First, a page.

The Academy Museum of Motion Pictures is celebrating 73 years of Black excellence in film with the landmark exhibition, Regeneration: Black Cinema 1898 -1971. Painstakingly curated with never-before-shown footage and restored effects that had been lost to time, Regeneration showcases how Black filmmakers and performers have helped to define cinema in the United States since the birth of the movie industry and onward through the height of the civil rights movement.
Oscar-nominated filmmaker, Academy board member and exhibition adviser Ava DuVernay calls the exhibition "absolutely essential and quite extraordinary."
"This exhibition showcases the generations of Black artists whose shoulders we stand on, artists who defied society, who rebelled against norms and notions of who they could and should be," DuVernay said during a press conference at the museum. "Their very presence on film and behind the camera was an act of revolution, a cultural, political and emotional victory that has echoed through generations."
She continued, "The liberating news about Regeneration is that this is an exhibit about the miracle of deep love, the love of these pioneering Black filmmakers, the love that they had for their people, the love that Black audiences had for images of themselves, and the love for film that we all share — that goes for everyone in this room and beyond."
Jacqueline Stewart, who began her career at the Academy working on Regeneration and now serves as Director and President of the Academy Museum of Motion Pictures, said, "Opening this exhibition carries special meaning to me... At this museum, we honor the richness and complexity of movies by telling the many stories of cinema, telling these stories inclusively, vividly, and, in many ways, so that our audiences have many points of entry to a deeper understanding of the art of film."
From Aug. 22, 2022, to April 9, 2023, cinephiles can bask in this pioneering history on display. For general admission tickets, please click here.
What Is Regeneration: Black Cinema?
The Academy Museum of Motion Pictures describes the exhibition as such:
"The exhibition explores the achievements and challenges of both independent production and the studio system, from cinema's infancy in the 1890s through the height of the civil rights movement. Regeneration features rarely seen excerpts of films restored by the Academy Film Archive, as well as other narrative films and documentaries, newsreels and home movies, photographs, scripts, drawings, costumes, equipment, posters, and historical materials, such as entrance tickets, note cards, and telegrams, along with augmented reality experiences (AR) designed specifically for the exhibition."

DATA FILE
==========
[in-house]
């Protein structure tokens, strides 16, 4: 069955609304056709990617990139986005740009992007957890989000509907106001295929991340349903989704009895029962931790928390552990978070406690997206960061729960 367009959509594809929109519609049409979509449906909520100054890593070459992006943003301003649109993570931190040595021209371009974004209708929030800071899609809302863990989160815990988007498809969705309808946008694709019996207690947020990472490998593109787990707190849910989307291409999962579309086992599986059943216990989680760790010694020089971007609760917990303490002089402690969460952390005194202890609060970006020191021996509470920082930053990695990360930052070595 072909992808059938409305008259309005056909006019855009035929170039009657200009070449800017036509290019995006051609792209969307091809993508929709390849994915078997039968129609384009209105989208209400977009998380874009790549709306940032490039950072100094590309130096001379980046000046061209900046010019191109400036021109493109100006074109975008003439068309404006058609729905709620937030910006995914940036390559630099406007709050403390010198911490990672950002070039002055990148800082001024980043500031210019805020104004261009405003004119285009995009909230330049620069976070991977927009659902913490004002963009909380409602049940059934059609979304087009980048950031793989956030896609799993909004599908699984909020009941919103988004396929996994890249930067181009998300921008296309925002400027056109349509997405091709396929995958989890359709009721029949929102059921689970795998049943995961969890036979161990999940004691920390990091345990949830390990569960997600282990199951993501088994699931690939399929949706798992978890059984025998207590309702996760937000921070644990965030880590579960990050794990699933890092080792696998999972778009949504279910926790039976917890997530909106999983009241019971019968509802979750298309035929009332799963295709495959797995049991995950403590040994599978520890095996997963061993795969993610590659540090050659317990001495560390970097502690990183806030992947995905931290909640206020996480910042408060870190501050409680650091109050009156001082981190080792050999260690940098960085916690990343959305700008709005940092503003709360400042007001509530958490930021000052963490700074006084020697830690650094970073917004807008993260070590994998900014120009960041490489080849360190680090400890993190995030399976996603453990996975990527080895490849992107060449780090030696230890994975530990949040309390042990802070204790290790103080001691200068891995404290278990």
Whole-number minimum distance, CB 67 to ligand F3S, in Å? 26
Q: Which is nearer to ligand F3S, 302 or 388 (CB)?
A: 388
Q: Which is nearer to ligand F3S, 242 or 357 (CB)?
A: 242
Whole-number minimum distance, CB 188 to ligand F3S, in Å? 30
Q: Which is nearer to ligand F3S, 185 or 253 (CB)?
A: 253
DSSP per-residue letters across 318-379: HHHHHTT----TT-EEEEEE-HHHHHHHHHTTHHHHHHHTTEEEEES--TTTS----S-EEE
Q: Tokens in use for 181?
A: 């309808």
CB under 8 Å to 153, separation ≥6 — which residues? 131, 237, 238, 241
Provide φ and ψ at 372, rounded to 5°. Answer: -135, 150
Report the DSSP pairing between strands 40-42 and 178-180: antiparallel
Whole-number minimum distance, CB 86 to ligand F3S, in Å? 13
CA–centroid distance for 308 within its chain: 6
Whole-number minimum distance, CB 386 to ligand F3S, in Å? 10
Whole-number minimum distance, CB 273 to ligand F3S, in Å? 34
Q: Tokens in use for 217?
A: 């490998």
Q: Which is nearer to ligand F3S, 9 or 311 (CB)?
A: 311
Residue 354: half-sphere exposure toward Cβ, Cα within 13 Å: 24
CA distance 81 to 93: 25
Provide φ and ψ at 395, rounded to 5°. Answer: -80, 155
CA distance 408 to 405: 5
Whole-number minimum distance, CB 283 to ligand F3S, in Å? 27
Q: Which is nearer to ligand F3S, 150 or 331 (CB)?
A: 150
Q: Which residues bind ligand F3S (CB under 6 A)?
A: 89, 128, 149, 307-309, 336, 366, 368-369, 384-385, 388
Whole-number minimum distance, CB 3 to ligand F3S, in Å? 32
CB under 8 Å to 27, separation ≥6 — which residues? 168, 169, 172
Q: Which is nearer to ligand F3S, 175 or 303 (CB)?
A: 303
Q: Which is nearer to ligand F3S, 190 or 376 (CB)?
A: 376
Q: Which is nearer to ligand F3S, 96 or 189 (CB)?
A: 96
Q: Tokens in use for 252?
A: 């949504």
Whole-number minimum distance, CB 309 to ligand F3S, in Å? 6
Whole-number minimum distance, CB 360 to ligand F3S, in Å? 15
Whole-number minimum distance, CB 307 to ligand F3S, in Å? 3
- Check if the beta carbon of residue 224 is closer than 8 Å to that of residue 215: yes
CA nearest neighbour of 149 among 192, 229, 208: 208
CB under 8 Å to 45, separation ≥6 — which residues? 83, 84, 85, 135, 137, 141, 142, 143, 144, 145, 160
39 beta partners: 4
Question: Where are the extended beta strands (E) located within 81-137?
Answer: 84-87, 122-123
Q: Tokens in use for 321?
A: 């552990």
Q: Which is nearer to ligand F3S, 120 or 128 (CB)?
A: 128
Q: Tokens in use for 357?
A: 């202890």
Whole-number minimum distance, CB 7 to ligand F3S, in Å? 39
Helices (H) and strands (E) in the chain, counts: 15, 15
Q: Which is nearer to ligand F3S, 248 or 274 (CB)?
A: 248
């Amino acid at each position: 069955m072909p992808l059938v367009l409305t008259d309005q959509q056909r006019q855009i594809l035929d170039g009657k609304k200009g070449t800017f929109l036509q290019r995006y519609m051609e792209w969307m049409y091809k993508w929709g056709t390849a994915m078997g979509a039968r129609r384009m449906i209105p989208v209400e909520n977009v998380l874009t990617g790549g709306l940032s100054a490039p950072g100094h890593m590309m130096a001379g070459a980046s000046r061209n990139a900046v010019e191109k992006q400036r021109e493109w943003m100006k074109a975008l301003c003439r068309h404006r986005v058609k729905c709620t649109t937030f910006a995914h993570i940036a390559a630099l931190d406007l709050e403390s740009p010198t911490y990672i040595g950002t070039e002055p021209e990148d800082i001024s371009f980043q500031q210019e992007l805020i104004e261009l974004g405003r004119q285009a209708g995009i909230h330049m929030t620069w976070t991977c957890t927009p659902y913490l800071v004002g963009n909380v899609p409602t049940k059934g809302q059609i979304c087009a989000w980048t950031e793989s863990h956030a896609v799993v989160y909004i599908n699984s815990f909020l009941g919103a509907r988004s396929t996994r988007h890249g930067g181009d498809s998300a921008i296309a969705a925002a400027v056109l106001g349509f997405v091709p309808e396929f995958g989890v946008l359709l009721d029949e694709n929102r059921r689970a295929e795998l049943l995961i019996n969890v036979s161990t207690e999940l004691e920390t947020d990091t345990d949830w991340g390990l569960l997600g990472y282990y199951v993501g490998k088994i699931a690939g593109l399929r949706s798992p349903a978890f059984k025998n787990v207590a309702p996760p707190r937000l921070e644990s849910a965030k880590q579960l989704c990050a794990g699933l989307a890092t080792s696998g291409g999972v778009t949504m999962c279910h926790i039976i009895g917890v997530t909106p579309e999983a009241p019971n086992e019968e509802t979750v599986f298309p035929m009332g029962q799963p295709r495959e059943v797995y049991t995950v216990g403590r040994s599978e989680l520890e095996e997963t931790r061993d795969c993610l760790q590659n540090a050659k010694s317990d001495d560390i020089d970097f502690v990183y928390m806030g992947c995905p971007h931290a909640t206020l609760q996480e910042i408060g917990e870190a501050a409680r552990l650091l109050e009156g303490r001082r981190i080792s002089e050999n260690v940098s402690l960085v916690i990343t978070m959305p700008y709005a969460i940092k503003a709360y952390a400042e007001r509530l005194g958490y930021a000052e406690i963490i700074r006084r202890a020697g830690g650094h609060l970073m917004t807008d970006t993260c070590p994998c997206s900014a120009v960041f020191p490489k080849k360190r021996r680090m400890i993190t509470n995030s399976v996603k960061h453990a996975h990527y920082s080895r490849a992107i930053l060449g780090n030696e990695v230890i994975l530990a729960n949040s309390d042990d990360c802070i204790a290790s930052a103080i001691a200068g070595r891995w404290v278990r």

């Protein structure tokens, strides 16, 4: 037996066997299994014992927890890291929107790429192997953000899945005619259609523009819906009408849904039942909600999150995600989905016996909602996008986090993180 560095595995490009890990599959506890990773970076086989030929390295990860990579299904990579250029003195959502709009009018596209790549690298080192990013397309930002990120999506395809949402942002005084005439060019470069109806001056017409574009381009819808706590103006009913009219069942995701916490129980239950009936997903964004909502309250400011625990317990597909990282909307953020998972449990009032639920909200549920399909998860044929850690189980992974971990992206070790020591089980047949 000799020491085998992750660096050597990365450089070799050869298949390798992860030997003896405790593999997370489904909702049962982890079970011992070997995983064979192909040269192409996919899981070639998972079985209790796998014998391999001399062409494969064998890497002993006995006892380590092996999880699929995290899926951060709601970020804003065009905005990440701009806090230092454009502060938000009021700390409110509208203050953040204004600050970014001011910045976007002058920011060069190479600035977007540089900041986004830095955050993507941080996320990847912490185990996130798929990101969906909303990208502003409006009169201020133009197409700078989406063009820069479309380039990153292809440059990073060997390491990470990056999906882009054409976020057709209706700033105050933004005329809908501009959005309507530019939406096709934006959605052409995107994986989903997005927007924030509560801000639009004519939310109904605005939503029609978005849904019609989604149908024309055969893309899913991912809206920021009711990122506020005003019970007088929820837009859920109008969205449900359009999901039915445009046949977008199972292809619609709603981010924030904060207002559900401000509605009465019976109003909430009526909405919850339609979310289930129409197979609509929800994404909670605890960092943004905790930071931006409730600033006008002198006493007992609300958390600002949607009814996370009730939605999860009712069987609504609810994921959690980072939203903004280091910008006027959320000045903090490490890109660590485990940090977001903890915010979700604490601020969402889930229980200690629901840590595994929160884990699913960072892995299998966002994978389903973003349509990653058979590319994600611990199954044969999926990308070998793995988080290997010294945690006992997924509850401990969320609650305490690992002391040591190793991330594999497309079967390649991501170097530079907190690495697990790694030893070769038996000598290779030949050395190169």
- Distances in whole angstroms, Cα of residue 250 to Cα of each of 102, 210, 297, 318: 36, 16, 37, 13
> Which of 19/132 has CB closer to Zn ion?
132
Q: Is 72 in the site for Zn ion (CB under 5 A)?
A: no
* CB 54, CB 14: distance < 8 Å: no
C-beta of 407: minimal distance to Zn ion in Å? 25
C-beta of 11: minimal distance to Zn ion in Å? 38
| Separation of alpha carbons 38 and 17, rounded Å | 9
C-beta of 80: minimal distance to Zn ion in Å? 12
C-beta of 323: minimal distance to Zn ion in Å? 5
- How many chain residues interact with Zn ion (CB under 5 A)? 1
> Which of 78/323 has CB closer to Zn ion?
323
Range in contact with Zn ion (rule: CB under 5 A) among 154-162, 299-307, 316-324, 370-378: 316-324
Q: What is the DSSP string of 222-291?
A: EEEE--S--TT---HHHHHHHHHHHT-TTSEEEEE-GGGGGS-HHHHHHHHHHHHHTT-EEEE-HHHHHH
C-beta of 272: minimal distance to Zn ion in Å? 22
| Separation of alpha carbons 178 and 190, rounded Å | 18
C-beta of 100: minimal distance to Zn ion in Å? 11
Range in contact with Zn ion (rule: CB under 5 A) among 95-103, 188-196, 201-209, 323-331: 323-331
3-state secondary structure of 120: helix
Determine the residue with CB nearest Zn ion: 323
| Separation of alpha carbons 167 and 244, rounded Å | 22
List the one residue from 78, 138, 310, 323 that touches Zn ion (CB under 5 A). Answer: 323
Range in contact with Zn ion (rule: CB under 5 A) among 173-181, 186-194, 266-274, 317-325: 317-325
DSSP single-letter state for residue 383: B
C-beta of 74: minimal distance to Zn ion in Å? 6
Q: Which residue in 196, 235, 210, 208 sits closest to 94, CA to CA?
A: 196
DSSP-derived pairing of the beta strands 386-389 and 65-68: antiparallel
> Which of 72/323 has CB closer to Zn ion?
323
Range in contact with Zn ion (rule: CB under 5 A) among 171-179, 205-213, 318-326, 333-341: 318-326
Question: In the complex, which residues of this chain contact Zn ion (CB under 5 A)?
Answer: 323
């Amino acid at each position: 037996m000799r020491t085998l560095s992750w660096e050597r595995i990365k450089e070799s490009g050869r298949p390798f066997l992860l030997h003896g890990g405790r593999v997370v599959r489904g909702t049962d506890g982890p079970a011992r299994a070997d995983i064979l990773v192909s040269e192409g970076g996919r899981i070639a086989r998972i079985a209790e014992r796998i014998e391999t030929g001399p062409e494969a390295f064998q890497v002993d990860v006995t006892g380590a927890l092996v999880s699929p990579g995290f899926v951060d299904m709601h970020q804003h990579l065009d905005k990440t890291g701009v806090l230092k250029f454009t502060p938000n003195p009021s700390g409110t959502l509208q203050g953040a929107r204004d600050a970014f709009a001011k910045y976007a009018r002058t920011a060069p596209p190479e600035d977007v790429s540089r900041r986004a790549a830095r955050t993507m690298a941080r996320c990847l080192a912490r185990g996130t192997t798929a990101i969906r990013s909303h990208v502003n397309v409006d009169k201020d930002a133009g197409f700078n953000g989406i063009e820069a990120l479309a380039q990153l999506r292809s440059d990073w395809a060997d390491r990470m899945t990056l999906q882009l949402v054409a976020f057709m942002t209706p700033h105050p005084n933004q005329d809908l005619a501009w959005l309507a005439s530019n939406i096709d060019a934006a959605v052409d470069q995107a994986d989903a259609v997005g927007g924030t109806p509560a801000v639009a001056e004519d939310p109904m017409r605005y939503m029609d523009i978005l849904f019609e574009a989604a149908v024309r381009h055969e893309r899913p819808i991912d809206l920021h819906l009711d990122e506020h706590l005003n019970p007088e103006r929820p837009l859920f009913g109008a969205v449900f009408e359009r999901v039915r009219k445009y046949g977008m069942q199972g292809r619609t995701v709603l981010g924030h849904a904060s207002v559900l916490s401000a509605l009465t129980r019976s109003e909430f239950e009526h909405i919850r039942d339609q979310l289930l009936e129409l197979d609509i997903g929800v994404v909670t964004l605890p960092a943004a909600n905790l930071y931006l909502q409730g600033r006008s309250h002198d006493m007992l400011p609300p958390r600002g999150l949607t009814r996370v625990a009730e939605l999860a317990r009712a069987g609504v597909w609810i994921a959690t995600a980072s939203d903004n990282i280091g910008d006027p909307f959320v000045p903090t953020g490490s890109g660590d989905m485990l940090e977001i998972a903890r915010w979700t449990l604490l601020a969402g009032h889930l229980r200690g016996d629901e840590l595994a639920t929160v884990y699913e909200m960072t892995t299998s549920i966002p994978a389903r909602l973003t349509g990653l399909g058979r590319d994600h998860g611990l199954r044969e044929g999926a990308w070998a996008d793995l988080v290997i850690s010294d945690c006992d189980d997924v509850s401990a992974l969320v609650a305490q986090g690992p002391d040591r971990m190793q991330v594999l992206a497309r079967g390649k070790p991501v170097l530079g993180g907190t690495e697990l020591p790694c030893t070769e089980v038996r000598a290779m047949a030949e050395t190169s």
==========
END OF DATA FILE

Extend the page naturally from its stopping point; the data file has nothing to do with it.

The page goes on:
How to Visit
Located at: 6067 Wilshire Blvd, Los Angeles, CA 90036
Hours: The Academy Museum is open every day (excluding select holidays) from Sunday to Thursday from 10 a.m. - 6 p.m. and from Friday to Saturday from 10 a.m. - 8 p.m.
Inside the Collections
Regeneration: Black Cinema 1898 -1971 features seven galleries dedicated to reviving lost or forgotten films, filmmakers, and performers from the golden age of early Black cinema for a contemporary audience. The exhibition was co-curated by Doris Berger, Vice President of Curatorial Affairs at the Academy Museum, and Rhea Combs, Director of Curatorial Affairs at the Smithsonian's National Portrait Gallery, with input from directors Charles Burnett and DuVernay, among others.
Some of these collections include:
"Something Good – Negro Kiss" (1898), is the first gallery guests will see when entering the exhibition. The gallery showcases clips from one of the earliest films depicting on-screen romance performed by Black actors.
"Race Films" focuses on materials from 1916 to the 1940s, highlighting social and political issues of the era and featuring footage of Black actors in early sound films ("soundies"), as well as stars working outside of the U.S., including a look at Josephine Baker's career in France. The exhibition also spotlights a dazzling array of vibrant movie posters from independent Black productions featuring all-Black casts that demonstrate the scale, range, and the genres of Black studio productions.
"Stars and Icons" recognizes Black performers in Hollywood from the 1920s to the 1950s. The gallery features over 50 glamour shots of top-billed stars and overlooked film legends, a large-scale display of never-seen-before costumes, and a deep dive into Hattie McDaniel's Gone with the Wind Oscar win and the complicated fame that plagued her later years. The exhibition also recognizes the Black artists who were involved with various civil rights movements, such as Ruby Dee, Harry Belafonte, and Sidney Poitier.
"A Spotlight on Black Directors" pays homage to the creative and unique perspectives of five Black directors: Madeline Anderson, Robert L. Goodwin, William Greaves, Gordon Parks, and Melvin Van Peebles. The gallery further acknowledges independent films, documentaries, and other Hollywood productions that have impacted the landscape for current and future filmmakers of color.
In addition to the exhibition, Regeneration will also feature film screenings curated by Bernardo Rondeau, Senior Director of Film Programs and Black Film Archivist Maya Cade, which include world-premieres of a rediscovered lost film and newly restored films by the Academy Film Archive.
By Destiny Jackson